Sylvan. Woman again!—How, knowing you, I failed So long to know the truth, I cannot think.
Francis. And what’s the truth?
Woman and love of her
Is as a dragging ivy on the growth
Of that strong tree, man’s nature!
Yes. But now
Tell us a simpler sort of truth. Was she—–
Sylvan. She? Who?
Katrina, of course: who else, when one
Speaks of a she to you?
And what about her?
Valentine. Was she too cruel to you, or too kind?
Sylvan. Ah, there’s no hope for men like you; you’re sunk Above your consciences in smothering ponds Of sweet imagination,—drowned in woman!
Francis. Ay? Clarence and the Malmesey over again; ’Twas a delightful death.
But you forget.
Sylvan, we’ve come as your disciples here.
Sylvan. Yes, to a land where not the least desire Need prey upon your mettle. There are hours A god might gladly take in these basking dunes,— Nothing but summer and piping larks, and air All a warm breath of honey, and a grass All flowers—sweet thyme and golden heart’s-ease here! And under scent and song of flowers and birds, Far inland out of the golden bays the air Is charged with briny savour, and whispered news Gentle as whitening oats the breezes stroke. What good is all this health to you? You bring Your own thoughts with you; and they are vinegar, Endlessly rusting what should be clear steel.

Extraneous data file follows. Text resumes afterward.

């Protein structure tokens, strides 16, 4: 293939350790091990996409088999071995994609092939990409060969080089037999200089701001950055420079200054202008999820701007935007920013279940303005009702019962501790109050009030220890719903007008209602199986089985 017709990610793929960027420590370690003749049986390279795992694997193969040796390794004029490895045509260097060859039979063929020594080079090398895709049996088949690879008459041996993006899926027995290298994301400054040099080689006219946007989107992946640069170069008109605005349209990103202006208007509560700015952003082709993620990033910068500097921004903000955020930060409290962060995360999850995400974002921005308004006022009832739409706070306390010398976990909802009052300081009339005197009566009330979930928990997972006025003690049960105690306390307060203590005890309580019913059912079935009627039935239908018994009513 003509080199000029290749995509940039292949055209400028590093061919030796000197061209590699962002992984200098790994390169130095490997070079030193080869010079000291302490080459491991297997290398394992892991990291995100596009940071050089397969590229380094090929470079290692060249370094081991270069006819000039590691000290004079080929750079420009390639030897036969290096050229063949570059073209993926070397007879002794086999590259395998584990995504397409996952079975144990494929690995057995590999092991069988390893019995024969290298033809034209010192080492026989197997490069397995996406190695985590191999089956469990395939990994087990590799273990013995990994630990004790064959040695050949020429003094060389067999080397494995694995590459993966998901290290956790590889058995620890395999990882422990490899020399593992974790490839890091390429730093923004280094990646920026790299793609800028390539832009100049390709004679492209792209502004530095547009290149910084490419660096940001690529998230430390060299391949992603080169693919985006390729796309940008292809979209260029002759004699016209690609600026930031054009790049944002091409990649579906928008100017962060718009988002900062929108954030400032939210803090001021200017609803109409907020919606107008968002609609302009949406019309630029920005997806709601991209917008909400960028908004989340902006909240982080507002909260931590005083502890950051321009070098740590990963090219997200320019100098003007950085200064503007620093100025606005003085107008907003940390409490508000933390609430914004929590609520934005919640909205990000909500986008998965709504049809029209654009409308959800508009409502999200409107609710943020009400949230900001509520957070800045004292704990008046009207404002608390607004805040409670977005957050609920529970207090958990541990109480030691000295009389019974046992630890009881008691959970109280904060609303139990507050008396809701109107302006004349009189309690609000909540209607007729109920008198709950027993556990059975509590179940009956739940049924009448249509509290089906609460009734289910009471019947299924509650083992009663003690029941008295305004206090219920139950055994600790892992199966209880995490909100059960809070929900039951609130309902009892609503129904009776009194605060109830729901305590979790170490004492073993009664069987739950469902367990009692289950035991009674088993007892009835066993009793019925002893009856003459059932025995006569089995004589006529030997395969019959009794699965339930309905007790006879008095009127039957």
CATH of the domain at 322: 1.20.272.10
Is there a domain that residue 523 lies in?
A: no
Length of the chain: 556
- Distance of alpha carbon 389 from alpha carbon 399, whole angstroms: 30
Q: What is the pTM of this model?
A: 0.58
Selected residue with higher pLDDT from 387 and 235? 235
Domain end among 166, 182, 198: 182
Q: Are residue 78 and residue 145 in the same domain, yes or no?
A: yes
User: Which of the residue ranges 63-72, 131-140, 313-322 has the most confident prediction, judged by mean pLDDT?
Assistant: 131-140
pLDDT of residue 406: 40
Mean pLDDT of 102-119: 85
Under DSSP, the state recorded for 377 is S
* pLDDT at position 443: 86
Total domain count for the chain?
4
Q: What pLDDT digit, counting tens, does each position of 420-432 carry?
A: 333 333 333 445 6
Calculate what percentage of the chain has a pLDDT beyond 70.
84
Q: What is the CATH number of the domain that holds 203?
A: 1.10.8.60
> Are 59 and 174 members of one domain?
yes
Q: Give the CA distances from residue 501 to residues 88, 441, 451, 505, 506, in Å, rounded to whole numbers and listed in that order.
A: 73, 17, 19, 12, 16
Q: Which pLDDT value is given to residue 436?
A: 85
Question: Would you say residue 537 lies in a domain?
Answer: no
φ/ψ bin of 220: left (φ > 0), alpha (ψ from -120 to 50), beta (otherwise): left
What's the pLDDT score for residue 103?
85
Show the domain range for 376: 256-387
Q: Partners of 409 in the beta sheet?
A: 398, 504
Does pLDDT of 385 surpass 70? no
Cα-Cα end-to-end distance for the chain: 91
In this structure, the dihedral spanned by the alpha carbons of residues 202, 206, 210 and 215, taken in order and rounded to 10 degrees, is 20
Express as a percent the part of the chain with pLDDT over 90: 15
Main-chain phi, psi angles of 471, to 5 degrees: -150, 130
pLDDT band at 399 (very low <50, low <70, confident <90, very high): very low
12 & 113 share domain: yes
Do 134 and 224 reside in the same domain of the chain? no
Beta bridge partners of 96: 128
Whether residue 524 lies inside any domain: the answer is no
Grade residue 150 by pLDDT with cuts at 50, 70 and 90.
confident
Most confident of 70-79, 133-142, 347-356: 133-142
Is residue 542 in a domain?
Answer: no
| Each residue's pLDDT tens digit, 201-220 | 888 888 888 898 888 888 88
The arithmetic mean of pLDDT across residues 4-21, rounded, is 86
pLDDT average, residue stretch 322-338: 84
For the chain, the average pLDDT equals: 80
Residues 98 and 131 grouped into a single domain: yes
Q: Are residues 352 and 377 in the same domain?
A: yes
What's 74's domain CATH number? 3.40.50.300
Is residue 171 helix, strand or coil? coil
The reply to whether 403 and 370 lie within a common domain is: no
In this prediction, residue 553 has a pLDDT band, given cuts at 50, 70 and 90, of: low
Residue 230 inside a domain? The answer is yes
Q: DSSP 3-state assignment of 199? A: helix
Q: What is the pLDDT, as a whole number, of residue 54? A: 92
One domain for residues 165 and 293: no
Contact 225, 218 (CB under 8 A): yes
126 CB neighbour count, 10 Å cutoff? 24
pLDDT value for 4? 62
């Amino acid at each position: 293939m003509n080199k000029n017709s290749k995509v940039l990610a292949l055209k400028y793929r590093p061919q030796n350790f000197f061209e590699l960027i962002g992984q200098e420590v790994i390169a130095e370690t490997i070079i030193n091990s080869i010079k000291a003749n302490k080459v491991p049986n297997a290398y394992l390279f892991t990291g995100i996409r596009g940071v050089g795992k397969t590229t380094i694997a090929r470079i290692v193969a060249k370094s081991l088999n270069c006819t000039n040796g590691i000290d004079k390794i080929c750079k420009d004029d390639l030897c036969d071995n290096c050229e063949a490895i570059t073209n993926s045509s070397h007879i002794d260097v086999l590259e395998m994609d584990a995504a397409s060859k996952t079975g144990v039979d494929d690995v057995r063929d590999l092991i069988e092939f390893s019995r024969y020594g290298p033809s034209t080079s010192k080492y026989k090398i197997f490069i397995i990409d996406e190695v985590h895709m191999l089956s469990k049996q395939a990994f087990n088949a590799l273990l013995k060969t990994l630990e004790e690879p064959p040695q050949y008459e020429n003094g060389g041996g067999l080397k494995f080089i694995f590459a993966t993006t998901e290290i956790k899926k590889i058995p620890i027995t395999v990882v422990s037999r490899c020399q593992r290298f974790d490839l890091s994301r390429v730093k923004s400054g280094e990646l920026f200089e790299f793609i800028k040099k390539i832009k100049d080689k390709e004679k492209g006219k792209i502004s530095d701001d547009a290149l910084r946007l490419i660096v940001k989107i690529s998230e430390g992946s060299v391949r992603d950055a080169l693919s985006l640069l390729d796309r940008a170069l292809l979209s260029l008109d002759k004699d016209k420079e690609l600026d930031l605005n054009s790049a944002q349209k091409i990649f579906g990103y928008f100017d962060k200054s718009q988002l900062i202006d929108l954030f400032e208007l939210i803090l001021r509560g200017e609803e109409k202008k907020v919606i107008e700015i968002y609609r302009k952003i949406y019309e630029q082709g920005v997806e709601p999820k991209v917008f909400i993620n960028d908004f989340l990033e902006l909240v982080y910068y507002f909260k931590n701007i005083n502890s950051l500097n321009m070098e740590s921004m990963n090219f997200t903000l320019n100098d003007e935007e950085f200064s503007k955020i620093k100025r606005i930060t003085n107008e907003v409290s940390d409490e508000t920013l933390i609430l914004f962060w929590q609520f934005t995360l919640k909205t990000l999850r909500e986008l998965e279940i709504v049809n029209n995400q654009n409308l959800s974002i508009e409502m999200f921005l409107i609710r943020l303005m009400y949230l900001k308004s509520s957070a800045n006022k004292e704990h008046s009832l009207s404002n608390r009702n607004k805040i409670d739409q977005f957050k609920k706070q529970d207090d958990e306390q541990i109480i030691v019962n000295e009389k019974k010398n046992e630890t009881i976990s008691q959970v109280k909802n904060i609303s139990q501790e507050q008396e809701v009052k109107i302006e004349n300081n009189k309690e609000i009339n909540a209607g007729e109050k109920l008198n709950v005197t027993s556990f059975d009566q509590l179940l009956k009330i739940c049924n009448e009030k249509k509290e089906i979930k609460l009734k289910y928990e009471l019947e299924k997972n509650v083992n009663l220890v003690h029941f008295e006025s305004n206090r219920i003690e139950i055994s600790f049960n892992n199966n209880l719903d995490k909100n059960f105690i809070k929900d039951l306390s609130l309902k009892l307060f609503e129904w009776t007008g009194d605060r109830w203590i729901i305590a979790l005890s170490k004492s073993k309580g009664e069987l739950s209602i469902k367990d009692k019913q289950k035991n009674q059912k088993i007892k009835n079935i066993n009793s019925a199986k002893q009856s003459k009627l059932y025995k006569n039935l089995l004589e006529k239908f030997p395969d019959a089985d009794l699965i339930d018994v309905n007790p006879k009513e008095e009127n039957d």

I do begin to doubt our enterprise,
The grand Escape from Woman. It lookt brave
And nobly hazardous afar off, to cease
All wenching, whether in deed or word or thought.
And yet I fear pride egged us. We had done
Better to be more humble, and bring here
A girl apiece.
Yes, Sylvan; you must think
The cloister were a thing more comfortable
With your Katrina in it?
And do you think, supposing I would love,
I’ld bank in such a crazy safe as that
Katrina? One of those soft shy-spoken maids,
Who are only maids through fear? Whose life is all
A simpering pretence of modesty?
If it was love I wanted, ’twould not be
A dish of sweet stewed pears, laced with brandy.
But I can do without a woman’s kisses.
Valentine. Can you?—You know full well, in the truth of your heart, That there’s no man in all the world of men Whose will woman’s beauty cannot divide Easily as a sword cuts jetting water.
Sylvan. Have you not heard, that even jetting water May have such spouting force, that it becomes A rod of glittering white iron, and swords Will beat rebounding on its speed in vain?— Of such a force I mean to have my will.